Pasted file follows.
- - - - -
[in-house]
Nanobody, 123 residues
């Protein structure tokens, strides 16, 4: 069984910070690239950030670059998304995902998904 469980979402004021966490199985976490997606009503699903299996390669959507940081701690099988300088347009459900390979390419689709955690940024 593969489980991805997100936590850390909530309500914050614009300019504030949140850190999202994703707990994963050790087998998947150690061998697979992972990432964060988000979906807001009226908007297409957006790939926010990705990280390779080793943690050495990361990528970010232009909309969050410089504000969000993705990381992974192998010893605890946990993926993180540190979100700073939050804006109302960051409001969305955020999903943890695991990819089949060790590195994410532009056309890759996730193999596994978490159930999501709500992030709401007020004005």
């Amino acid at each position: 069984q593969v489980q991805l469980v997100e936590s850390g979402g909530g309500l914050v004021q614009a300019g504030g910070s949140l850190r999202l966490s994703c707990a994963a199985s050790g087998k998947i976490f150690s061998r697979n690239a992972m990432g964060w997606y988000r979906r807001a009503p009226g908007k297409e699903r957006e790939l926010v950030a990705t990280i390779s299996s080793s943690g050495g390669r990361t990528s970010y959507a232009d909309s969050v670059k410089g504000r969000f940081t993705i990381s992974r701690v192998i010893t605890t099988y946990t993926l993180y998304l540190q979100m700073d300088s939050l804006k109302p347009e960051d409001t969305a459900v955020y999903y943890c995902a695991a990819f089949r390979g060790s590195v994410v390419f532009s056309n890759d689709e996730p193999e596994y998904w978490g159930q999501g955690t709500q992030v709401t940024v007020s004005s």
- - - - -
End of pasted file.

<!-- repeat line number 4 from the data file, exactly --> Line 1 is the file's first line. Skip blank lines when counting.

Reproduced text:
């Amino acid at each position: 069984q593969v489980q991805l469980v997100e936590s850390g979402g909530g309500l914050v004021q614009a300019g504030g910070s949140l850190r999202l966490s994703c707990a994963a199985s050790g087998k998947i976490f150690s061998r697979n690239a992972m990432g964060w997606y988000r979906r807001a009503p009226g908007k297409e699903r957006e790939l926010v950030a990705t990280i390779s299996s080793s943690g050495g390669r990361t990528s970010y959507a232009d909309s969050v670059k410089g504000r969000f940081t993705i990381s992974r701690v192998i010893t605890t099988y946990t993926l993180y998304l540190q979100m700073d300088s939050l804006k109302p347009e960051d409001t969305a459900v955020y999903y943890c995902a695991a990819f089949r390979g060790s590195v994410v390419f532009s056309n890759d689709e996730p193999e596994y998904w978490g159930q999501g955690t709500q992030v709401t940024v007020s004005s």